Stepanakert

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Stepanakert (Armenie: Ստեփանակերտ‎; cawed Khankendi (Azerbaijani: Xankəndi) bi Azerbaijan) is the lairgest ceety an caipital o the Nagorno-Karabakh Republic, a de facto independent republic, though is internaitionally recognized as a pairt o Azerbaijan.[1] The ceety population comprises aboot 53,000 ethnic Armenians.

History[eedit | eedit soorce]

Foondin an Soviet era[eedit | eedit soorce]

Soviet-era apartment biggins in Stepanakert seen frae the Nairi Hotel.

Accordin tae medieval Armenian sources, the settlement wis first mentioned as Vararakn (Վարարակն, meanin "rapid spring" in Armenian) which it remained till it wis renamed Khankendi in 1847.[2][3] Azerbaijani sources generally say that the settlement wis foondit in the late aichteent century bi a Karabakh khan, an wis thus cawed Khankendi (Turkic for "the khan's village").

In 1923 Khankendi wis renamed Stepanakert bi the Soviet government tae honor Stepan Shahumyan, leader o the 26 Baku Commissars, an, efter the Shusha pogrom haed resultit in major destruction at Shusha, the umwhile regional caipital, Stepanakert wis made the caipital o the Nagorno-Karabakh Autonomous Oblast. In time, Stepanakert grew tae become the region's maist important ceety (a status it received in 1940). Its population rose frae 10,459 in 1939 tae 33,000 in 1978.[3]

In 1926, Soviet authorities adoptit a new ceety layoot designed bi the prominent Armenian architect, Alexander Tamanian; twa additional designs for expansion wur approved later on in the 1930s an 1960s, baith o which retained Tamanian's initial plan.[2] Several schools an twa "polyclinics" wur established, an an Armenian Dramatic Theatre wis foondit in 1932 an named efter Maxim Gorky.[3] Stepanakert served as Nagorno-Karabakh's main economic hub, an bi the mid-1980s there wur nineteen production facilities in the ceety.[2]

Unthirldom[eedit | eedit soorce]

According to medieval Armenian sources, the settlement was first mentioned as Vararakn (Վարարակն, meaning "rapid spring" in Armenian) which it remained till it was renamed Khankendi in 1847.[2][3] Azerbaijani sources generally say that the settlement was founded in the late eighteenth century bi a Karabakh khan, an was thus called Khankendi (Turkic for "the khan's village"). In 1923 Khankendi was renamed Stepanakert bi the Soviet government tae honor Stepan Shahumyan, leader o the 26 Baku Commissars, an, after the Shusha pogrom had resulted in major destruction at Shusha, while regional capital, Stepanakert was made the capital o the Nagorno-Karabakh Autonomous Oblast. In time, Stepanakert grew tae become the region's most important city (a status it received in 1940). Its population rose from 10,459 in 1939 tae 33,000 in 1978.[3] In 1926, Soviet authorities adopted a new city layout designed by the prominent Armenian architect, Alexander Tamanian; two additional designs for expansion was approved later on in the 1930s an 1960s, both retained Tamanian's initial plan.[2] Several schools an two "polyclinics" was established, an Armenian Dramatic Theatre was founded in 1932 an named after Maxim Gorky.[3] Stepanakert served as Nagorno-Karabakh's main economic hub, an bi the mid-1980s there was nineteen production facilities in the city.[2] [edit] The political and economic reforms that General Secretary Mikhail Gorbachev head initiated in 1985 saw a marked decentralization o Soviet authority. Armenians, in both Armenia and Nagorno-Karabakh, viewed Gorbachev's reform program as an opportunity to unite the two together. On February 20, 1988, tens of thousands of Armenians gathered to demonstrate in Stepanakert's Lenin (now Renaissance) Square tae demand that the region be joined to Armenia. On the same day, the Supreme Soviet o Nagorno-Karabakh voted tae join the Armenian SSR, a move staunchly opposed by the Soviet Azerbaijani authorities.[4] Relations between Stepankert's Armenians and Azerbaijanis, who supported the Azerbaijani government's position, deteriorated in the following years and as a result, nearly aw o the Azerbaijanis fled the city. After Azerbaijan declared its independence from the Soviet Union in 1991, Stepanakert was renamed bi the Azerbaijani government back tae Khankendi as part of a campaign against Communism an o Azerification. Control of Nagorno-Karabakh which eventually resulted in Armenian control of the region and a connecting corridor tae Armenia to the west. Prior tae the conflict, Stepanakert was the largest city o the (NKAO), with a population of 70,000 a total 189,000 (Armenians at the time comprised 75% o the region's total population).[5] By early 1992, that figure had dropped to 50,000.[6] During the war, the city suffered immense damage from Azeri bombardment, especially in early 1992 when the Azeris used the town of Shusha as an artillery firebase tae fire GRAD missiles against it. So destructive was the damage caused by the incessant bombardment, that an April 1992 report by TIME Magazine noted that "scarcely a single being [head] escaped damage in Stepanakert."[6] The Azerbaijani military staged several ground attacks against the city survivors who were repulsed each time. It was no till May 9, 1992, with the capture of Shusha, that the ground bombardment ceased. The city, nevertheless, continued tae suffer aerial bombardment for the remainder o the war. There has been an unofficial cease-fire observed since 1994.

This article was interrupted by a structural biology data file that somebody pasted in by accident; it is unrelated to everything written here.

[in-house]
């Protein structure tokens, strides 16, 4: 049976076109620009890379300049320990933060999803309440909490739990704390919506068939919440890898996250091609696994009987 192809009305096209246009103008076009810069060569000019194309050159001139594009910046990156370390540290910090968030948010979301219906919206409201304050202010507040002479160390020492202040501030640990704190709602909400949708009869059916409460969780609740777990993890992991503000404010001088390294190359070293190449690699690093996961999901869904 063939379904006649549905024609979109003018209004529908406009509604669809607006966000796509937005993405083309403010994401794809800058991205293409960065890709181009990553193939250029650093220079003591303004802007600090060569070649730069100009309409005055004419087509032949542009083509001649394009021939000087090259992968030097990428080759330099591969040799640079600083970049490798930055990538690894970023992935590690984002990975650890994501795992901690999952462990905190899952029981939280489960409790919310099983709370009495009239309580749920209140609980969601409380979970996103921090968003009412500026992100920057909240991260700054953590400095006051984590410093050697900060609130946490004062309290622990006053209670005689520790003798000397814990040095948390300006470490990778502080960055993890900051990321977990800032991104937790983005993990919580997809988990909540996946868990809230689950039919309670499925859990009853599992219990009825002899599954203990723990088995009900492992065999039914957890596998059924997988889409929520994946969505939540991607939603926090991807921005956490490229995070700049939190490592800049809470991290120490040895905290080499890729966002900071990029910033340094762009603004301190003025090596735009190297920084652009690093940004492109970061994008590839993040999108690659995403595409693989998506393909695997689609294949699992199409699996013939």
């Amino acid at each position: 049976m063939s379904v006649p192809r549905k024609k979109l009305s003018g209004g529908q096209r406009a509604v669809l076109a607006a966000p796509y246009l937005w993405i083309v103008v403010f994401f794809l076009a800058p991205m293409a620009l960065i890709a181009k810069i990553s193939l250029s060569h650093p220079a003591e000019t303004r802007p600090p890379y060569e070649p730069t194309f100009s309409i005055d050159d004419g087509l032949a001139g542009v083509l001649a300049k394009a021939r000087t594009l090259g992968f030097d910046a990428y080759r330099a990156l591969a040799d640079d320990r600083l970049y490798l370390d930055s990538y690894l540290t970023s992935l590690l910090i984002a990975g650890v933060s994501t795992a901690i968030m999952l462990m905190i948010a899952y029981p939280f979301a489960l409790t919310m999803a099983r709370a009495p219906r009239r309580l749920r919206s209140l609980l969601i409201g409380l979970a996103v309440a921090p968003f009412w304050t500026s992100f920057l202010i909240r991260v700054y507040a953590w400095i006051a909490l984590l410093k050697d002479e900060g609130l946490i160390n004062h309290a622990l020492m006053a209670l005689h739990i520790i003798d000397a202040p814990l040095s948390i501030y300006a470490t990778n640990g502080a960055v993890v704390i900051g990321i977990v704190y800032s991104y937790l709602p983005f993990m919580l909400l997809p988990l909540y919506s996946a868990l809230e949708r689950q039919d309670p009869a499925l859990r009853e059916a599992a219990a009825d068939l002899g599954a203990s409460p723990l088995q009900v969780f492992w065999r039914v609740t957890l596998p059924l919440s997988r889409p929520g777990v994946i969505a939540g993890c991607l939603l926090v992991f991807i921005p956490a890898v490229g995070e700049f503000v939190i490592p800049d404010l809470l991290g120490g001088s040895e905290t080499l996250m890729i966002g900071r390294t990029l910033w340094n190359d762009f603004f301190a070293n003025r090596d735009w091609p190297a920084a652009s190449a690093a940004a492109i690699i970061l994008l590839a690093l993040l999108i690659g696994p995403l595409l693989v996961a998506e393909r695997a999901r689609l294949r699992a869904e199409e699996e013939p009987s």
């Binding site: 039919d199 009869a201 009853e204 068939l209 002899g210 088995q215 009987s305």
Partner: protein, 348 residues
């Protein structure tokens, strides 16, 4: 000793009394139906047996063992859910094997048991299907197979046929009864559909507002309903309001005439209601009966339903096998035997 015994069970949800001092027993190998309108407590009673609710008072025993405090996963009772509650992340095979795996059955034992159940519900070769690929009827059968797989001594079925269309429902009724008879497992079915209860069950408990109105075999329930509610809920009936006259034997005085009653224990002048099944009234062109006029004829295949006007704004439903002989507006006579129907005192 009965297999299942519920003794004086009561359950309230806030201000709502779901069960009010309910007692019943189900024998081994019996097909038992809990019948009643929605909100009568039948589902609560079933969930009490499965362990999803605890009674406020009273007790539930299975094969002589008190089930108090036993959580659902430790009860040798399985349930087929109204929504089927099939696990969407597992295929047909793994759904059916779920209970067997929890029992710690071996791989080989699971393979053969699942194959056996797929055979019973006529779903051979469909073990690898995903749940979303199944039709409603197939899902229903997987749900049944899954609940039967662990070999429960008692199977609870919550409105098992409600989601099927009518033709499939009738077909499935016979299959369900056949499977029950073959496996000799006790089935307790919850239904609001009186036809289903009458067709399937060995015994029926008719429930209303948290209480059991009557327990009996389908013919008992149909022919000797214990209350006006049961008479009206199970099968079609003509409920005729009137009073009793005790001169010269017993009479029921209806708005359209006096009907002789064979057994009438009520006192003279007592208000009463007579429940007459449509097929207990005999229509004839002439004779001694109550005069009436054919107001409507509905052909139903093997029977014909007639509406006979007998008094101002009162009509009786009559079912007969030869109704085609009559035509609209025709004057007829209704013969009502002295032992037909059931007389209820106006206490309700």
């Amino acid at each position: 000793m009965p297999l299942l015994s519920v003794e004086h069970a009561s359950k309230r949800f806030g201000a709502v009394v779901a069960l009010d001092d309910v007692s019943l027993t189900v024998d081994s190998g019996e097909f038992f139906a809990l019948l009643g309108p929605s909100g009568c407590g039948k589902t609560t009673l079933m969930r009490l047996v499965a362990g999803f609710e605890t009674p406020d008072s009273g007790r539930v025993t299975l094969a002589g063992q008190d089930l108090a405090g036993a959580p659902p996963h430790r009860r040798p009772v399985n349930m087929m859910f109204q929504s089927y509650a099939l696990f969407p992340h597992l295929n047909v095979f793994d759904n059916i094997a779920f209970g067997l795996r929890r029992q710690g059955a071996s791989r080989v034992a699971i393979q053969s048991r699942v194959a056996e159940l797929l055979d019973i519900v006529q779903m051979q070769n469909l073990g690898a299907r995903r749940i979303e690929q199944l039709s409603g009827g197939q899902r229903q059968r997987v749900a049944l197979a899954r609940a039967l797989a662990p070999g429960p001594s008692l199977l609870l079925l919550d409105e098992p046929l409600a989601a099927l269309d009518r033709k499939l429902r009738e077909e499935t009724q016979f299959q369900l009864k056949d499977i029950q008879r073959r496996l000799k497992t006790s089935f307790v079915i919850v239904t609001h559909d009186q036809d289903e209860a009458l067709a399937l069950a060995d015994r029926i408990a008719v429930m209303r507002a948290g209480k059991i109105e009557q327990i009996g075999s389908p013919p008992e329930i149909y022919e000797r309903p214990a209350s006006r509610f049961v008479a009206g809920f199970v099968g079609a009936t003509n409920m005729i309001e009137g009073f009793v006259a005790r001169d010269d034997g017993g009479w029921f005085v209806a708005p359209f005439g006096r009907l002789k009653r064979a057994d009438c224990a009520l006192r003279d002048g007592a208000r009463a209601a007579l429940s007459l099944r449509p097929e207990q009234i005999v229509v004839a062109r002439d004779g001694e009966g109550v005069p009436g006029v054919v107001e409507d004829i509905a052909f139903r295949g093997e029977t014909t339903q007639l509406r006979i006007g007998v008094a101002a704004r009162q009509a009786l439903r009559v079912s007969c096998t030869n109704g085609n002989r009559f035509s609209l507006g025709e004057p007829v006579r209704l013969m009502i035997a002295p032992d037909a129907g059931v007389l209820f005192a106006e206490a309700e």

References[eedit | eedit soorce]

  1. Regions and territories: Nagorno-Karabakh. BBC News. May 13, 2009. Retrieved July 23, 2009.
  2. 2.0 2.1 2.2 (Armenie) Mkrtchyan, Shahen. «Ստեփանակերտ» (Stepanakert). Armenian Soviet Encyclopedia. vol. xi. Yerevan: Armenian Academy of Sciences, 1985, pp. 124-125.
  3. 3.0 3.1 3.2 Hewsen, Robert H. (2001). Armenia: A Historical Atlas. Chicago: University of Chicago Press. p. 265. ISBN 0-226-33228-4.